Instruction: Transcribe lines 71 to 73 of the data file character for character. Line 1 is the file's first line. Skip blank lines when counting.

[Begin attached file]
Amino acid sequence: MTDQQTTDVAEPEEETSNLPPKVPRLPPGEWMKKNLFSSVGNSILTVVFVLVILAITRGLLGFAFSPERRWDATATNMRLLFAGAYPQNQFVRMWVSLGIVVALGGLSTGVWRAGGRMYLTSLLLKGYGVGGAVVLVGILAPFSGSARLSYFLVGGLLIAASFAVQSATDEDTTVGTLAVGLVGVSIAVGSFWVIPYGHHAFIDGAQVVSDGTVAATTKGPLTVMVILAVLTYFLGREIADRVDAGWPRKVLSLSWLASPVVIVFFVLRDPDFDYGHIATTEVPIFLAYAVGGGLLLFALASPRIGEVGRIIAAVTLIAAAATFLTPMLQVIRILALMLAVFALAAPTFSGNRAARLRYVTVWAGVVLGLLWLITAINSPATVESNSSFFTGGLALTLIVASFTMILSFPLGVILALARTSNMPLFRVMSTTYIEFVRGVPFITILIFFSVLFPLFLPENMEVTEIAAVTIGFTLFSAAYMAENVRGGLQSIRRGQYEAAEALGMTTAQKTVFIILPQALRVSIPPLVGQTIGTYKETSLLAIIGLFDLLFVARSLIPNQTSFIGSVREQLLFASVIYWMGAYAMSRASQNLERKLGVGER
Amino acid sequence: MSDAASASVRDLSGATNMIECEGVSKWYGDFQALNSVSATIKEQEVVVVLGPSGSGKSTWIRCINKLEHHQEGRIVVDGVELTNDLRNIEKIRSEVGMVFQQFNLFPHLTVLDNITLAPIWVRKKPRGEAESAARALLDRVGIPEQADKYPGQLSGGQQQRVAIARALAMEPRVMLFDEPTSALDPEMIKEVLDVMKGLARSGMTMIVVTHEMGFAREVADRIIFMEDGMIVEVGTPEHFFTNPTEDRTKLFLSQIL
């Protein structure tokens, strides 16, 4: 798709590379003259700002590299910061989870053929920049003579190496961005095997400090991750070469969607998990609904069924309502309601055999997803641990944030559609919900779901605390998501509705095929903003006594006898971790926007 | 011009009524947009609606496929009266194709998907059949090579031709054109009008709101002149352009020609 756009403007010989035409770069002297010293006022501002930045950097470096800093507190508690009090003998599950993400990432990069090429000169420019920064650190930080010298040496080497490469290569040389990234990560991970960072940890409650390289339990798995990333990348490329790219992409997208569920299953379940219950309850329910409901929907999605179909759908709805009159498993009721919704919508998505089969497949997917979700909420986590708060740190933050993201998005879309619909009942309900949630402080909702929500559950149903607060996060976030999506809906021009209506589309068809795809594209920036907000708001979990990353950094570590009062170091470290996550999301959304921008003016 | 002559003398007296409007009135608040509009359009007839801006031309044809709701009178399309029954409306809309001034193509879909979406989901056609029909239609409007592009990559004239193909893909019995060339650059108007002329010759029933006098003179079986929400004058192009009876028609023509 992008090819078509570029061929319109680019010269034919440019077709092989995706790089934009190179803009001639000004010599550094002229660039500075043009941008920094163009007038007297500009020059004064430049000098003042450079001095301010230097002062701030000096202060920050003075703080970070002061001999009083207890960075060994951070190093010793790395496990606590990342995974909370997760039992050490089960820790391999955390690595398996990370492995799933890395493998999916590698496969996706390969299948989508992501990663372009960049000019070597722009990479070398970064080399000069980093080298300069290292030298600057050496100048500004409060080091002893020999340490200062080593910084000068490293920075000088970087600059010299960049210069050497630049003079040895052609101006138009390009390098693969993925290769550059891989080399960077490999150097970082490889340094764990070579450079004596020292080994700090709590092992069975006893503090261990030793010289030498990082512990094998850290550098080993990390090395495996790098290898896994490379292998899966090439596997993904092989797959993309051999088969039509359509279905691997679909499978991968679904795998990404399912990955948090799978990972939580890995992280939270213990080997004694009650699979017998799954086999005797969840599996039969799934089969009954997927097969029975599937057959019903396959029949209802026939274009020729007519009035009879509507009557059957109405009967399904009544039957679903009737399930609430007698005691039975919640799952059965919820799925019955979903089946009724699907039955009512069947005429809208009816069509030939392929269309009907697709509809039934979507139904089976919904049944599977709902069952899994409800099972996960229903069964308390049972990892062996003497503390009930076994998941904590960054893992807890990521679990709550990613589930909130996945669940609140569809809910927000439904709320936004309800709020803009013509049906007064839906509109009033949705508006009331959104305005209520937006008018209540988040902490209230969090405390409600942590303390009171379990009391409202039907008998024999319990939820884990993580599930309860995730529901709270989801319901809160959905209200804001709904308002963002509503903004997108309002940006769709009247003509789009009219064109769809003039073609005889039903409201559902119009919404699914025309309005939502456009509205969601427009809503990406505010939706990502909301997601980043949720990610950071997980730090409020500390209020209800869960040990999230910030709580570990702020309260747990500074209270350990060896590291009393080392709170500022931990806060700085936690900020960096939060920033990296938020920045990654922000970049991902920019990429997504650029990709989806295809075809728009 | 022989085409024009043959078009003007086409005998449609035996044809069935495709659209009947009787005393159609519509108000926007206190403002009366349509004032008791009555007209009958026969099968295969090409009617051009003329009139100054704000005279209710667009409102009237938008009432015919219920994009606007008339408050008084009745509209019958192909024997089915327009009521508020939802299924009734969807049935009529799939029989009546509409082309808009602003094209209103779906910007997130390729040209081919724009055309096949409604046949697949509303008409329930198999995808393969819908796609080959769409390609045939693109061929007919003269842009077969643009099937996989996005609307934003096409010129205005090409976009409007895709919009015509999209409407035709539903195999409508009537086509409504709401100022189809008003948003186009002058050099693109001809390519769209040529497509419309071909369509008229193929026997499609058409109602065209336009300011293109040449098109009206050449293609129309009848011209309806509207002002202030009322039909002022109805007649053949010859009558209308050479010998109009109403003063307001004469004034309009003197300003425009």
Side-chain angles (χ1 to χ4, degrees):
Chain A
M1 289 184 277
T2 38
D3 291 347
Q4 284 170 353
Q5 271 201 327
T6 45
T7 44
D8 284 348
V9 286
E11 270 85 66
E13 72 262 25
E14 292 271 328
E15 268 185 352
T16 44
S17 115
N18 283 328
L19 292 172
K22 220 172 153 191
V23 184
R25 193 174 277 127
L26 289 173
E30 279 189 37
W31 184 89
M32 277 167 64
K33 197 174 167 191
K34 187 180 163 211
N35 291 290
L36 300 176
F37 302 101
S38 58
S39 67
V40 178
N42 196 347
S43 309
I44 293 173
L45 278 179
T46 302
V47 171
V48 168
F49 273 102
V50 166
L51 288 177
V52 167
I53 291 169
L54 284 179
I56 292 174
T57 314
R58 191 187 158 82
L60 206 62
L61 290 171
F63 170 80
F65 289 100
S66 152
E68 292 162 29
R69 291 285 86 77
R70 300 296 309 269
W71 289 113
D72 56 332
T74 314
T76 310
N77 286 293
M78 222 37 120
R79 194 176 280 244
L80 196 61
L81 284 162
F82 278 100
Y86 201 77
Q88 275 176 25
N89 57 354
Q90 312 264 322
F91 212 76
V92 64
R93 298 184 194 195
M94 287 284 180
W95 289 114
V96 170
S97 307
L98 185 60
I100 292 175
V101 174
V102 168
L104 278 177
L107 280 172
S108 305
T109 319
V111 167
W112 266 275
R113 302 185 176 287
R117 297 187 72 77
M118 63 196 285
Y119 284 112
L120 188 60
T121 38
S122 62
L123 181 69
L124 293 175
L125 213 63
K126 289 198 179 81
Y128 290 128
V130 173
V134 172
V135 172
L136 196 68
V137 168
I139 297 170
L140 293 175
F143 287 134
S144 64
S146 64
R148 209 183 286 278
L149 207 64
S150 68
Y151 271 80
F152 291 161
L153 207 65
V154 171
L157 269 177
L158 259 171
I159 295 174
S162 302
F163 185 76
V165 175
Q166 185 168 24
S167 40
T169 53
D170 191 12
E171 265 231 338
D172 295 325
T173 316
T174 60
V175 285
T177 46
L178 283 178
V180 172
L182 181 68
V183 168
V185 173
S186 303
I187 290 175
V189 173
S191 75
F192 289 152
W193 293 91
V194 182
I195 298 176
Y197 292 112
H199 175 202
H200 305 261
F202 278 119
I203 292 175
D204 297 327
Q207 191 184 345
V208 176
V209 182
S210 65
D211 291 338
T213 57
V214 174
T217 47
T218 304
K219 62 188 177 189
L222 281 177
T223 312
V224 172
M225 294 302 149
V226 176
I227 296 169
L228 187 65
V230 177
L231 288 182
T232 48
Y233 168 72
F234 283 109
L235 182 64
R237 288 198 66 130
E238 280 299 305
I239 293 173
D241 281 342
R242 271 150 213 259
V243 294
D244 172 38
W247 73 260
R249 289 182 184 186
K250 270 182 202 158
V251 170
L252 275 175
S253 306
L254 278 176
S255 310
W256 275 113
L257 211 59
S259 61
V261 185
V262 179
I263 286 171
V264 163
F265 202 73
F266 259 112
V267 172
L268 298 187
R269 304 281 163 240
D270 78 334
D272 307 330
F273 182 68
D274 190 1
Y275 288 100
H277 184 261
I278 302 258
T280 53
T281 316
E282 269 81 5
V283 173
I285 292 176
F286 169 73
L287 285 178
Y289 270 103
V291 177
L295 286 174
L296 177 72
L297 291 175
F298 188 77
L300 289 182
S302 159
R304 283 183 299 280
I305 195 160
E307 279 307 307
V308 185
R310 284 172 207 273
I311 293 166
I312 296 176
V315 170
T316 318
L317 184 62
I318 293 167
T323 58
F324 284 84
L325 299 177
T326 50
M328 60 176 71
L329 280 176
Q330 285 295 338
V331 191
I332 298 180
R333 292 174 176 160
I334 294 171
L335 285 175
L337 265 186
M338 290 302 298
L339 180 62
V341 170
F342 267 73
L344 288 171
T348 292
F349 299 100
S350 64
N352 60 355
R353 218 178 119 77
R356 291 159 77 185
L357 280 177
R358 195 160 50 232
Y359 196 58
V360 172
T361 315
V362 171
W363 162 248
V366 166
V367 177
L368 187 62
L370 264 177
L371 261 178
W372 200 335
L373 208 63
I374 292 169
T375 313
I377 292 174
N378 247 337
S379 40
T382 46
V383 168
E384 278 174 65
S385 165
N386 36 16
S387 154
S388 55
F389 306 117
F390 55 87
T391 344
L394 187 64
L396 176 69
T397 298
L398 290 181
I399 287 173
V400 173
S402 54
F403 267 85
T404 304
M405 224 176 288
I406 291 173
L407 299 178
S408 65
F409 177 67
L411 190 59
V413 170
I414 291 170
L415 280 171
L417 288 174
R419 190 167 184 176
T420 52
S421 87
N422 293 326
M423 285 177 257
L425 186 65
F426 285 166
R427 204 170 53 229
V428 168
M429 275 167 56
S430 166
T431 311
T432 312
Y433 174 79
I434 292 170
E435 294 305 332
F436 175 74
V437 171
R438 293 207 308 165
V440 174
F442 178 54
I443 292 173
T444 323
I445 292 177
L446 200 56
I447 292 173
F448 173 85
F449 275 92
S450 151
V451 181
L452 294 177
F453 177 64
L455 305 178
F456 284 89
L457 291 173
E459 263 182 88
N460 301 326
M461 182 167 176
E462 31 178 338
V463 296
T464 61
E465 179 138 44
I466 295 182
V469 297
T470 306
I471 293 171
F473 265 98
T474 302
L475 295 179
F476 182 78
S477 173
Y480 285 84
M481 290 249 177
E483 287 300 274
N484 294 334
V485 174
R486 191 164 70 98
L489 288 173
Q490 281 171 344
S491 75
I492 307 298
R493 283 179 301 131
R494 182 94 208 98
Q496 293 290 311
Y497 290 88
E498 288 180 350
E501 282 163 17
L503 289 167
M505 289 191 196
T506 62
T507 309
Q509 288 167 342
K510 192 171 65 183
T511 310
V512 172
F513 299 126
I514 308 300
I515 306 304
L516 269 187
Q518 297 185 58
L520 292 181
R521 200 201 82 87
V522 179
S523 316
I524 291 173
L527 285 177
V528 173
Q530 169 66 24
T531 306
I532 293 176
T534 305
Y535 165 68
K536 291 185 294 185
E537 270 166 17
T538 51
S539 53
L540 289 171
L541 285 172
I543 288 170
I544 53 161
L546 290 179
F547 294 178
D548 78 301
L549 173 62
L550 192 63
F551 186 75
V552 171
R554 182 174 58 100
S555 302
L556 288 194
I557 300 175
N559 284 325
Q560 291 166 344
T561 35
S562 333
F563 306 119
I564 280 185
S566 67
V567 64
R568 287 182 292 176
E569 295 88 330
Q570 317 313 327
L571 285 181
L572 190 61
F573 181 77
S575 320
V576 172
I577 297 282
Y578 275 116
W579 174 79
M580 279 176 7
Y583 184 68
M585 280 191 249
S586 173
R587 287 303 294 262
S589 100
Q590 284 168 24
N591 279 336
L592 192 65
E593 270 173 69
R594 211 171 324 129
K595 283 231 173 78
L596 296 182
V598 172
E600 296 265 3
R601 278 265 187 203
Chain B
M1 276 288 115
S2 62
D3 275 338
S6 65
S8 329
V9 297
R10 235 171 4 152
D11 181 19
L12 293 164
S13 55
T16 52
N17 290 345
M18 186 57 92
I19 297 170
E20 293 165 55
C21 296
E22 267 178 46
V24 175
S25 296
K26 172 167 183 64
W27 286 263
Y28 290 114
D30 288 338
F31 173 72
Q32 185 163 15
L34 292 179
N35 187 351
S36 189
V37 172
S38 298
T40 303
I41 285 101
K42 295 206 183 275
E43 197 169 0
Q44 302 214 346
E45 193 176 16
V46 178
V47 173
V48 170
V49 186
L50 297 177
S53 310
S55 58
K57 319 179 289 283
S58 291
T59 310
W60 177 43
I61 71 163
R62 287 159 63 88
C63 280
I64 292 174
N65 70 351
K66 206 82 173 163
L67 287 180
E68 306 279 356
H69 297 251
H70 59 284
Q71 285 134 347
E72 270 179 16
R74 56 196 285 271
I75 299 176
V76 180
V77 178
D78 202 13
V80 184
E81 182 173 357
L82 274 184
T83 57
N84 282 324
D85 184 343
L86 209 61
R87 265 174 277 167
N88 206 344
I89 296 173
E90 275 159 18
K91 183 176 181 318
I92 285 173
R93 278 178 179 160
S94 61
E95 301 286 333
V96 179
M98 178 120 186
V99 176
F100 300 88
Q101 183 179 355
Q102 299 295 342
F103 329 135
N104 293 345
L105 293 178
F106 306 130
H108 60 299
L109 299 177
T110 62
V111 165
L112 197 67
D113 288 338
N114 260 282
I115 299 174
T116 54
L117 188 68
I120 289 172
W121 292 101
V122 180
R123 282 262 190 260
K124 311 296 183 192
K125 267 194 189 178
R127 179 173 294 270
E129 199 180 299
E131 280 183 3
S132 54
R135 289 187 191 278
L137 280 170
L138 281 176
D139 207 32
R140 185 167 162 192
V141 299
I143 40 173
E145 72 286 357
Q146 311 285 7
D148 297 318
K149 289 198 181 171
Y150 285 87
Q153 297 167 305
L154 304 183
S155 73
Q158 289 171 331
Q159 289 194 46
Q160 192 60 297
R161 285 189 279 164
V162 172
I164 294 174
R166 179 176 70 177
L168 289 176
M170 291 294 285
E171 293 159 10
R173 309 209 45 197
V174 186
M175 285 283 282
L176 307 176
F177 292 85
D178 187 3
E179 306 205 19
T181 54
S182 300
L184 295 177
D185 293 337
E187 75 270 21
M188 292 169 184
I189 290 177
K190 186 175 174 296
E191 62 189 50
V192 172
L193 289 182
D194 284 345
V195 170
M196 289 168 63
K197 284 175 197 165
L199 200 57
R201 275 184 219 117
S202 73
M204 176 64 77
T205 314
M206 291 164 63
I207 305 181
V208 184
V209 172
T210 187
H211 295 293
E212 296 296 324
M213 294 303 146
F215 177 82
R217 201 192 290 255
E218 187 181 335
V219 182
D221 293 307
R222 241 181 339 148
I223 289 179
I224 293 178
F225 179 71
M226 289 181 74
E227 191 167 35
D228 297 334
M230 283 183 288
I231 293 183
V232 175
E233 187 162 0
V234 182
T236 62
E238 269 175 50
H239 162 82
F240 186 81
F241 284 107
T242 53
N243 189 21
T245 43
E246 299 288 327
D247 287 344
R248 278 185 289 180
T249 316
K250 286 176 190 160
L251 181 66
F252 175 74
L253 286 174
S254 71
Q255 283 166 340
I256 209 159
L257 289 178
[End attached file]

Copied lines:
F82 278 100
Y86 201 77
Q88 275 176 25